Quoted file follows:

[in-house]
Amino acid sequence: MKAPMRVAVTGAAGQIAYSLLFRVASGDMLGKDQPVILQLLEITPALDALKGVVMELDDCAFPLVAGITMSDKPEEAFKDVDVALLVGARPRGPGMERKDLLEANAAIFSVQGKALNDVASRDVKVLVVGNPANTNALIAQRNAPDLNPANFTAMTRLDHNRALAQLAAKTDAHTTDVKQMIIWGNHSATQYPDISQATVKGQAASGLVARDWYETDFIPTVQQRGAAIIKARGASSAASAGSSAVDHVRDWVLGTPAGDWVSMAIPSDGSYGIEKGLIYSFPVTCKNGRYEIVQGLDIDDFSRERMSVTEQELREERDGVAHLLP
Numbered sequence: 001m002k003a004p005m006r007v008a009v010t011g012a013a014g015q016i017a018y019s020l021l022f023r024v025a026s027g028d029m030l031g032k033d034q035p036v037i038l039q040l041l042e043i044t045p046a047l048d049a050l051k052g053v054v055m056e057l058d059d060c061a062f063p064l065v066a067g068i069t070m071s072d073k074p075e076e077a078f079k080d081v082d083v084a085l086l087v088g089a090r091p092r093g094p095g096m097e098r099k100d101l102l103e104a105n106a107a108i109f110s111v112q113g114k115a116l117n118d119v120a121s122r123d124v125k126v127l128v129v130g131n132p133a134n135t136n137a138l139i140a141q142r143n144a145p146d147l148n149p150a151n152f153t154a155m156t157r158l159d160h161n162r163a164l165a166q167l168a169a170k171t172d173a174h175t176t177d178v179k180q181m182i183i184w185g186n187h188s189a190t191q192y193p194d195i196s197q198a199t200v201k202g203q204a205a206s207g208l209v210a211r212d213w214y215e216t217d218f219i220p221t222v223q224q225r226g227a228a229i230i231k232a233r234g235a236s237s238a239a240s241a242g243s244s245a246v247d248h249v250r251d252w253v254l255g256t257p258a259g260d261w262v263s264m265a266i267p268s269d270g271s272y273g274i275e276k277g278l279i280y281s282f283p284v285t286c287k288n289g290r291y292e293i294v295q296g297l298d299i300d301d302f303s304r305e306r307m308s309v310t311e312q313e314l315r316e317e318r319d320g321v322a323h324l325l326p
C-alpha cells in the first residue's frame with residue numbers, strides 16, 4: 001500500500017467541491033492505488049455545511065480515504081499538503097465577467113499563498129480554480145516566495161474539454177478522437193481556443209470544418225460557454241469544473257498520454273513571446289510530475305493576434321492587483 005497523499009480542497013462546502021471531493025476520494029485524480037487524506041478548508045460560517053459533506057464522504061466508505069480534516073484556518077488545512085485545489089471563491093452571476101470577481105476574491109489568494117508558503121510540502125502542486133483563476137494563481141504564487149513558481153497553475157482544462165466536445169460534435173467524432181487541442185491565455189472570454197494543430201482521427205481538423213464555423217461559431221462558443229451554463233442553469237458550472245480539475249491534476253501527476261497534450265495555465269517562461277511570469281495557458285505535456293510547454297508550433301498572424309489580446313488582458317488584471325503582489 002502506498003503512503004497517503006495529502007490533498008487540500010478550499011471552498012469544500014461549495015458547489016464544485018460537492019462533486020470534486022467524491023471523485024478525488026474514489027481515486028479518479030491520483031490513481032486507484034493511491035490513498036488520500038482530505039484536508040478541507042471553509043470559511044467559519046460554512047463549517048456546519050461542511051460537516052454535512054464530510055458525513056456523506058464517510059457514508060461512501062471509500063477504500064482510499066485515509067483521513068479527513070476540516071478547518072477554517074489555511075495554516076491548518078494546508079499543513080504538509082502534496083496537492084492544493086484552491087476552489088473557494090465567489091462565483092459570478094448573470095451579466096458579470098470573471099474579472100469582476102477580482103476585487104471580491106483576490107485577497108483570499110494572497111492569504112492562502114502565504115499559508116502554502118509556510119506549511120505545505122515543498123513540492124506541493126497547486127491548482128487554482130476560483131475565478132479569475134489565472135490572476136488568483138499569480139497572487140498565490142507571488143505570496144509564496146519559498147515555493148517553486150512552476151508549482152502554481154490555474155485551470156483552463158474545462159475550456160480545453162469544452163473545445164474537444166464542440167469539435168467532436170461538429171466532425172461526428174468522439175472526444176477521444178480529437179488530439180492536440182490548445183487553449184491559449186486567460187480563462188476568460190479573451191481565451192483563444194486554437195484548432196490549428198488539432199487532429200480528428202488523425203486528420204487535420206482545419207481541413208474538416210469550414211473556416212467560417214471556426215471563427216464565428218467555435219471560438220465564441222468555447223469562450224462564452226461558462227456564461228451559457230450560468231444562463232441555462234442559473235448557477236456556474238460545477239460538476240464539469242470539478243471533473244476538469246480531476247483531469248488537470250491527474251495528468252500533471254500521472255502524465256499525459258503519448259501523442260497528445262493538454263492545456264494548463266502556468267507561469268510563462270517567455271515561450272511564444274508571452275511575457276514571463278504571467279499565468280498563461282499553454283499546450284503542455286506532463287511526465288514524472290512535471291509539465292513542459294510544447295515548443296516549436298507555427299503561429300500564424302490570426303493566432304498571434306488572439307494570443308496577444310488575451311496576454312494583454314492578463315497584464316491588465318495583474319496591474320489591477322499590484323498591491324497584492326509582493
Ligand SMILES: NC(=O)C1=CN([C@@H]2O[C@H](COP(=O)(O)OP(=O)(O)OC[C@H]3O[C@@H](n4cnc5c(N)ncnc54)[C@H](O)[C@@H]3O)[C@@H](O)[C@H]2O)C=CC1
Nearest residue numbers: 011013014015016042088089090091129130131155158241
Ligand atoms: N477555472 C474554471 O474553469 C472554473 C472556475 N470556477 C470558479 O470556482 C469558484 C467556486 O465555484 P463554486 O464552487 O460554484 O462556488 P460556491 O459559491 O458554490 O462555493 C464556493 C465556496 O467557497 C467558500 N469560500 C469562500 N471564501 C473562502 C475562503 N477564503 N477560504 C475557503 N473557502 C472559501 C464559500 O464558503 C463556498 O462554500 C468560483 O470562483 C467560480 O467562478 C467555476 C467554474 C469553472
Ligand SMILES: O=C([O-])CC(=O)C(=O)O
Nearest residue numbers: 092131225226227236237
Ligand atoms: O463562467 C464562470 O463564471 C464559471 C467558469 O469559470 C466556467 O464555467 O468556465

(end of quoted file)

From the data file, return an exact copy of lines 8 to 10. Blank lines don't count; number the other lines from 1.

Ligand SMILES: O=C([O-])CC(=O)C(=O)O
Nearest residue numbers: 092131225226227236237
Ligand atoms: O463562467 C464562470 O463564471 C464559471 C467558469 O469559470 C466556467 O464555467 O468556465